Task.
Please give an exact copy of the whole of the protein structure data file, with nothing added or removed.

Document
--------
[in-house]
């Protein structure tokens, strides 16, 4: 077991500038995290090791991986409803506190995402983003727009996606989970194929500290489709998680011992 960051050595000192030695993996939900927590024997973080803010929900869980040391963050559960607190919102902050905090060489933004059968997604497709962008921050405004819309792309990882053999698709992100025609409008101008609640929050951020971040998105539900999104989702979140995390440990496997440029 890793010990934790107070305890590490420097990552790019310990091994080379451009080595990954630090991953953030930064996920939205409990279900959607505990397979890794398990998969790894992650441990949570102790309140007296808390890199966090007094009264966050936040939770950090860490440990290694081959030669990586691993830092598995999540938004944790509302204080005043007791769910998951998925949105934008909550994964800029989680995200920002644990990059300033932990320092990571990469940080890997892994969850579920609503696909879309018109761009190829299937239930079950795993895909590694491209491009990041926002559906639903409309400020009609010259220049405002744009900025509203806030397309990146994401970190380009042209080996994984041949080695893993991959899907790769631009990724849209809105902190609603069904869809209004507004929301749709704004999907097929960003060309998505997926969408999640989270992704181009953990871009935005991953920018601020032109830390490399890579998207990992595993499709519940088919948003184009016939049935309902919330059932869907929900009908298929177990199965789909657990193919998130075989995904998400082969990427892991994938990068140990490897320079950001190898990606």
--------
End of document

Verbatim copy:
[in-house]
């Protein structure tokens, strides 16, 4: 077991500038995290090791991986409803506190995402983003727009996606989970194929500290489709998680011992 960051050595000192030695993996939900927590024997973080803010929900869980040391963050559960607190919102902050905090060489933004059968997604497709962008921050405004819309792309990882053999698709992100025609409008101008609640929050951020971040998105539900999104989702979140995390440990496997440029 890793010990934790107070305890590490420097990552790019310990091994080379451009080595990954630090991953953030930064996920939205409990279900959607505990397979890794398990998969790894992650441990949570102790309140007296808390890199966090007094009264966050936040939770950090860490440990290694081959030669990586691993830092598995999540938004944790509302204080005043007791769910998951998925949105934008909550994964800029989680995200920002644990990059300033932990320092990571990469940080890997892994969850579920609503696909879309018109761009190829299937239930079950795993895909590694491209491009990041926002559906639903409309400020009609010259220049405002744009900025509203806030397309990146994401970190380009042209080996994984041949080695893993991959899907790769631009990724849209809105902190609603069904869809209004507004929301749709704004999907097929960003060309998505997926969408999640989270992704181009953990871009935005991953920018601020032109830390490399890579998207990992595993499709519940088919948003184009016939049935309902919330059932869907929900009908298929177990199965789909657990193919998130075989995904998400082969990427892991994938990068140990490897320079950001190898990606």